Delaware Nature Society members Anne Harper and Joanne McGeogh fill in as acting and deputy directors respectively, as the search for permanent replacement has yet to begin
Long time Delaware Nature Society executive director Brian Winslow has left his position as of January, and the search for his full-time replacement is still forthcoming.
According to acting director of the Hockessin-based nonprofit, Anne Harper, the DNS board will assign a committee to search for a new director, although that committee has not yet been formed.
Harper’s transition is assisted by current director of development and marketing Joanne McGeoch, who will serve as acting deputy executive director – essentially, a new position to help facilitate the change.
“There will be a search, [and] we are eligible to be candidates in the search; the timing is not clear yet,” Harper said.
The announcement was made in January that Winslow was leaving after six years as head of the DNS, with director of sites Harper stepping into the interim role.
A press release from DNS public relations manager Shannon Giordano gives credit to Winslow for his work in expanding the DNS in size and stature, as well as mounting the ongoing Clean Water Campaign.
“Delaware Nature Society thanks Brian for his many contributions to the organization and his long-time passionate advocacy on behalf of Delaware’s natural resources” the release states.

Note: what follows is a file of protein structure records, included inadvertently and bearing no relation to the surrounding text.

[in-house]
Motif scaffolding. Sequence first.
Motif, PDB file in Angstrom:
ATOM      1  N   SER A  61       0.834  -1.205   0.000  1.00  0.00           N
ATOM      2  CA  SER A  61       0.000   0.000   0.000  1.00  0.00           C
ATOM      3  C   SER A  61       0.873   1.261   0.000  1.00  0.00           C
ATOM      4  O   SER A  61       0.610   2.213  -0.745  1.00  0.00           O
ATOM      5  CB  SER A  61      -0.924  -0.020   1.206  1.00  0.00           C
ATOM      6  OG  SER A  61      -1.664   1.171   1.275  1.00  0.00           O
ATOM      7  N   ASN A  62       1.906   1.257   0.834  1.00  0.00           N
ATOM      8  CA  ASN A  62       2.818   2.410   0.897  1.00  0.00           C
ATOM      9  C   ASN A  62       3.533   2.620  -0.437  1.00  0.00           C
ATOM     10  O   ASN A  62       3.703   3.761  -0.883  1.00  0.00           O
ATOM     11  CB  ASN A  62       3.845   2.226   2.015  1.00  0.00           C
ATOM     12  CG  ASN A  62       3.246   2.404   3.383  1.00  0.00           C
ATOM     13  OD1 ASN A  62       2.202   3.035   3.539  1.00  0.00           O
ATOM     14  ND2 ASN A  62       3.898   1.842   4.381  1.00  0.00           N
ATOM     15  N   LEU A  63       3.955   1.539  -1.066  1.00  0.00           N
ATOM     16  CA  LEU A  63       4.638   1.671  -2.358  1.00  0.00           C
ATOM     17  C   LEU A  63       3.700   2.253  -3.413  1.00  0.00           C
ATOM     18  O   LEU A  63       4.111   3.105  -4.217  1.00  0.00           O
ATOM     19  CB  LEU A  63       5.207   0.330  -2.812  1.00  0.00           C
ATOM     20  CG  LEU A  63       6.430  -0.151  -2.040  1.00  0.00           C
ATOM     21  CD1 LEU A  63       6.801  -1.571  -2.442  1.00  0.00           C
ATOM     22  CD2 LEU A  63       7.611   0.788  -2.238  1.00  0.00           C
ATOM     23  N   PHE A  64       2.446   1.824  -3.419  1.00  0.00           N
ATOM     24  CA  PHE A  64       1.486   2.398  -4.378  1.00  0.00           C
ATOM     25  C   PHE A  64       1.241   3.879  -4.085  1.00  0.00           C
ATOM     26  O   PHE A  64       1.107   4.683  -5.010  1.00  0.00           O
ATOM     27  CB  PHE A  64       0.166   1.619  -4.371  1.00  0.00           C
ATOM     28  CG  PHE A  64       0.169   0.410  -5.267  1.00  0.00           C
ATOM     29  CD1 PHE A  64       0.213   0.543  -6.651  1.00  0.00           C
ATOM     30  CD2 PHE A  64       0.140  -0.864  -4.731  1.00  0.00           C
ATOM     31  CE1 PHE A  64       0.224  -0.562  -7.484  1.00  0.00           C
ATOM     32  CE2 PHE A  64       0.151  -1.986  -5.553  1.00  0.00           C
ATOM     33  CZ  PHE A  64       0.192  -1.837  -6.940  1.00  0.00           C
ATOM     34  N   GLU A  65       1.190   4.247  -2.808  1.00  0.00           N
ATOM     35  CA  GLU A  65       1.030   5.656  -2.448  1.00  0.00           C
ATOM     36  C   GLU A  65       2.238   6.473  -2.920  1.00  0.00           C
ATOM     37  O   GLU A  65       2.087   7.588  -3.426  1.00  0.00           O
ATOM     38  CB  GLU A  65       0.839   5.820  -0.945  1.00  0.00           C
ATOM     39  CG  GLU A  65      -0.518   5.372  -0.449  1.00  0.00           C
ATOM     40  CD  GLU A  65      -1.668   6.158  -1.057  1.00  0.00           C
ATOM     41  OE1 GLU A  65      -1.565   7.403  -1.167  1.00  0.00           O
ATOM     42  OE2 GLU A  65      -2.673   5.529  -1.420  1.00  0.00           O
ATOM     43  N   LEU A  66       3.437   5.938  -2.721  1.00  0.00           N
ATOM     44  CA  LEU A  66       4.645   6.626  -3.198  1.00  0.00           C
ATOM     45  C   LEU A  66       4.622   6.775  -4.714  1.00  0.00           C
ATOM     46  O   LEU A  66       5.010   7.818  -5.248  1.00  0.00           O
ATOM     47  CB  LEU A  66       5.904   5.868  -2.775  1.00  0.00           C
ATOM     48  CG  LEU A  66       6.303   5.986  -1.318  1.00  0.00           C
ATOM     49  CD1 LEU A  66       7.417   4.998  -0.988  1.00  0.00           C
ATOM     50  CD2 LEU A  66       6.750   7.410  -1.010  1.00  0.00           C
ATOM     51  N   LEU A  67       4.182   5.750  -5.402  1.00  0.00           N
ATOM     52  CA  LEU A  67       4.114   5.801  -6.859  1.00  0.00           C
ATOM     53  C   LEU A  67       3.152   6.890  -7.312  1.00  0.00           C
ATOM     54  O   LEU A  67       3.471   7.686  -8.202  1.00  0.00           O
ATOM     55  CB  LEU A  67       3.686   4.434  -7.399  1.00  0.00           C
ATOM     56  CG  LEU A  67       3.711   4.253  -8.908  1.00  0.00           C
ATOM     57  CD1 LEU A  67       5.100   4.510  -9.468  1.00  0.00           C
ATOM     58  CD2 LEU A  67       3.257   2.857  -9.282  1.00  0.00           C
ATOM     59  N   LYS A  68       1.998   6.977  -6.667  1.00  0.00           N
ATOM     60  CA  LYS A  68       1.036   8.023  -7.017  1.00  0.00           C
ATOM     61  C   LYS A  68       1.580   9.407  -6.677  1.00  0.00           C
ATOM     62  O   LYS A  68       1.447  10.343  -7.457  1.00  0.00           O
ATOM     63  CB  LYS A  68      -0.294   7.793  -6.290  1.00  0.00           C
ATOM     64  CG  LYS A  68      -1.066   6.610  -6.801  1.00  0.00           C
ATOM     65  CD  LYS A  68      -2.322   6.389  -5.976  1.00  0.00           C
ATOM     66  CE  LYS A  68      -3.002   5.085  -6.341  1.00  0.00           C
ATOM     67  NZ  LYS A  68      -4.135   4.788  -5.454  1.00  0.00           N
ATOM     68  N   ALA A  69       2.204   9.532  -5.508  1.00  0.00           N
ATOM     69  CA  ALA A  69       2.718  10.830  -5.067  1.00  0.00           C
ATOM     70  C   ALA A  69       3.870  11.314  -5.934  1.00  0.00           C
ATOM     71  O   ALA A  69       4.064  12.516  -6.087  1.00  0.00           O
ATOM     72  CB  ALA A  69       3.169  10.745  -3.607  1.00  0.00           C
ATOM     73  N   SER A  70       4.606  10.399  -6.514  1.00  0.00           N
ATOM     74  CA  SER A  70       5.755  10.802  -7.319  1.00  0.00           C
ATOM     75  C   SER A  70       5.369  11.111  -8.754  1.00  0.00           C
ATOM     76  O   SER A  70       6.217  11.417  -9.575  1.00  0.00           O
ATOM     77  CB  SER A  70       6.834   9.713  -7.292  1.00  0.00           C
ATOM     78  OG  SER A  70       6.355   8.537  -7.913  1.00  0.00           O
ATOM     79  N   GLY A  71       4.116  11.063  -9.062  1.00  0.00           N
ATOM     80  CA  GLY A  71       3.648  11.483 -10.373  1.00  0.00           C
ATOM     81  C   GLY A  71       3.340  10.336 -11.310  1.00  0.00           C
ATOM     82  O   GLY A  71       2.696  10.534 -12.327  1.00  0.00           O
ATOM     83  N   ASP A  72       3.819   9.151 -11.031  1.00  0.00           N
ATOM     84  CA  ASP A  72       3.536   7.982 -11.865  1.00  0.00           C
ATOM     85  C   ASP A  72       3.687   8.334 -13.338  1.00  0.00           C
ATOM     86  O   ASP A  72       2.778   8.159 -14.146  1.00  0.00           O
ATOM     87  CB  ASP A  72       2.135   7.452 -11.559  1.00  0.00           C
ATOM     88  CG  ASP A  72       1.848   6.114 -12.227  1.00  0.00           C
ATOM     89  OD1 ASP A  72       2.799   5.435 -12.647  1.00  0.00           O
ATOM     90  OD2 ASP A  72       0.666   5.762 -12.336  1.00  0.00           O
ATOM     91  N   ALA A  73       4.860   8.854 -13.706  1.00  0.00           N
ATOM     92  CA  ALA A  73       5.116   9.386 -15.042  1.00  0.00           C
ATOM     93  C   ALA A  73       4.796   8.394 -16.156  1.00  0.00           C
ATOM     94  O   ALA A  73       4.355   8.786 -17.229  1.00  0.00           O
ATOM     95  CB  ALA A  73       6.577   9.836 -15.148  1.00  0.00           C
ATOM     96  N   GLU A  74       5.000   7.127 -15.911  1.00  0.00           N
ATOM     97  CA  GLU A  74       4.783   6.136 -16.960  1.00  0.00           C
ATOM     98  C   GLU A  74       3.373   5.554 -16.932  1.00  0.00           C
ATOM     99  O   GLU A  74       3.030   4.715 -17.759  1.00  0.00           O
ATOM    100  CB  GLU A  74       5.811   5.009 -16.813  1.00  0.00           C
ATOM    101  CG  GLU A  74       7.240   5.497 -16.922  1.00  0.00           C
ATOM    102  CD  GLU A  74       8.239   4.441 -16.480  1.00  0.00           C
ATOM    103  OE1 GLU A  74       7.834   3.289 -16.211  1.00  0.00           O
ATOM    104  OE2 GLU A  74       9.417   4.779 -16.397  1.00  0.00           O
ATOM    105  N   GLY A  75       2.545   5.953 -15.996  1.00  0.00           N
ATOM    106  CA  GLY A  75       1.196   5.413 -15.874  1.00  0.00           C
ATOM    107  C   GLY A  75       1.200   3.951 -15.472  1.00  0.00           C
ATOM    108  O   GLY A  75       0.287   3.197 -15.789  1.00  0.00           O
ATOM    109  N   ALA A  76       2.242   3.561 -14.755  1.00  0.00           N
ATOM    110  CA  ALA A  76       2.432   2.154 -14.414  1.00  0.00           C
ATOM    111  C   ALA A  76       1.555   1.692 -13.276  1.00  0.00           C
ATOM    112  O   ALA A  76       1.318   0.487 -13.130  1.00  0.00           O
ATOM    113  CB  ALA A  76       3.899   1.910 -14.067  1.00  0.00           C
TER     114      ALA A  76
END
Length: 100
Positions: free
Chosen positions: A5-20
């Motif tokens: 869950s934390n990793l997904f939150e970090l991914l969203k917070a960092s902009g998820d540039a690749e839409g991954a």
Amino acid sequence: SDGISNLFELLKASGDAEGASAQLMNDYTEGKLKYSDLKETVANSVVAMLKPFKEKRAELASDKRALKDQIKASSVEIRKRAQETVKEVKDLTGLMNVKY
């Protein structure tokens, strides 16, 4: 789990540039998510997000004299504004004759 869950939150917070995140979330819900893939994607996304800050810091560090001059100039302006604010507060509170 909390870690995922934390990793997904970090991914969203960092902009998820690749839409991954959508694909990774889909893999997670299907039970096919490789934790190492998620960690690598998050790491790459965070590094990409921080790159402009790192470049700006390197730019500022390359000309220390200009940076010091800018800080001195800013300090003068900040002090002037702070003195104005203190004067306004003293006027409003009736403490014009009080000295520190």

Harper, who has been with the DNS for the past eight months, has 25 years of experience in non-profit leadership and management in a variety of organizations dedicated to environmental education and youth development, including a role as vice president of education for Heifer International.
McGeoch said the way her position is structured she is very much a part of fundraising for DNS, as well as helping with the transition.
“Like Anne, we bring experience for other non-profits,” she said, adding that she has been with DNS for the past three years.
She also said there are a number of important issues to be addressed with respect to environmental causes, and that the DNS is continuing to work and innovate in that area.
“We’re fortunate to be seen as a leader in many of these initiatives, one of which is working on the Clean Water Campaign, as we have for the past three years. We actually have a bill presented right now,” she said. “DNS is facilitating the stakeholders, although there a lot of players – there are over 25 companies and organizations that signed the pledge to be part of the campaign.”
According to the DNS website, the “Clean Water: Delaware’s Clear Choice” campaign is a statewide education and outreach effort, focused on securing additional clean water funding.
Founded in 1964, Delaware Nature Society works to improve the environment through conservation, advocacy, and education.
For more information, visit delnature.org.